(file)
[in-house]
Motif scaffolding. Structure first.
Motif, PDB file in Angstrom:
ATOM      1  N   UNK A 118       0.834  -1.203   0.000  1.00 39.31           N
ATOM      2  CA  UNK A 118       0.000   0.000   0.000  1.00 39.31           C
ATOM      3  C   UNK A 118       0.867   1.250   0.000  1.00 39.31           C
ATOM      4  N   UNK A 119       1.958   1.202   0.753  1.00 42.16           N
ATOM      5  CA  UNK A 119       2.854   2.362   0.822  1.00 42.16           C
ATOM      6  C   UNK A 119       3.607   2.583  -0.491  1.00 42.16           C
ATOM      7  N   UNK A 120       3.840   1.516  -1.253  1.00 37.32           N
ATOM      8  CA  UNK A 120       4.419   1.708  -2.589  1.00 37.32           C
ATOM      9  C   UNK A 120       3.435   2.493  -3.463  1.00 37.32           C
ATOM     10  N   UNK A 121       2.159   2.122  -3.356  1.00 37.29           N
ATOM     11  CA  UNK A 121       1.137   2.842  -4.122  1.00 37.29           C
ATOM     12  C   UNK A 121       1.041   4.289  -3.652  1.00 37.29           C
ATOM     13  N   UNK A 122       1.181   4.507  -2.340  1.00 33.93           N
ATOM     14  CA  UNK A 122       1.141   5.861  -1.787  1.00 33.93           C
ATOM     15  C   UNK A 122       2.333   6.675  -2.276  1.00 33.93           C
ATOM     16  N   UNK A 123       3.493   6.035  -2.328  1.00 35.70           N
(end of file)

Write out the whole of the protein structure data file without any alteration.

[in-house]
Motif scaffolding. Structure first.
Motif, PDB file in Angstrom:
ATOM      1  N   UNK A 118       0.834  -1.203   0.000  1.00 39.31           N
ATOM      2  CA  UNK A 118       0.000   0.000   0.000  1.00 39.31           C
ATOM      3  C   UNK A 118       0.867   1.250   0.000  1.00 39.31           C
ATOM      4  N   UNK A 119       1.958   1.202   0.753  1.00 42.16           N
ATOM      5  CA  UNK A 119       2.854   2.362   0.822  1.00 42.16           C
ATOM      6  C   UNK A 119       3.607   2.583  -0.491  1.00 42.16           C
ATOM      7  N   UNK A 120       3.840   1.516  -1.253  1.00 37.32           N
ATOM      8  CA  UNK A 120       4.419   1.708  -2.589  1.00 37.32           C
ATOM      9  C   UNK A 120       3.435   2.493  -3.463  1.00 37.32           C
ATOM     10  N   UNK A 121       2.159   2.122  -3.356  1.00 37.29           N
ATOM     11  CA  UNK A 121       1.137   2.842  -4.122  1.00 37.29           C
ATOM     12  C   UNK A 121       1.041   4.289  -3.652  1.00 37.29           C
ATOM     13  N   UNK A 122       1.181   4.507  -2.340  1.00 33.93           N
ATOM     14  CA  UNK A 122       1.141   5.861  -1.787  1.00 33.93           C
ATOM     15  C   UNK A 122       2.333   6.675  -2.276  1.00 33.93           C
ATOM     16  N   UNK A 123       3.493   6.035  -2.328  1.00 35.70           N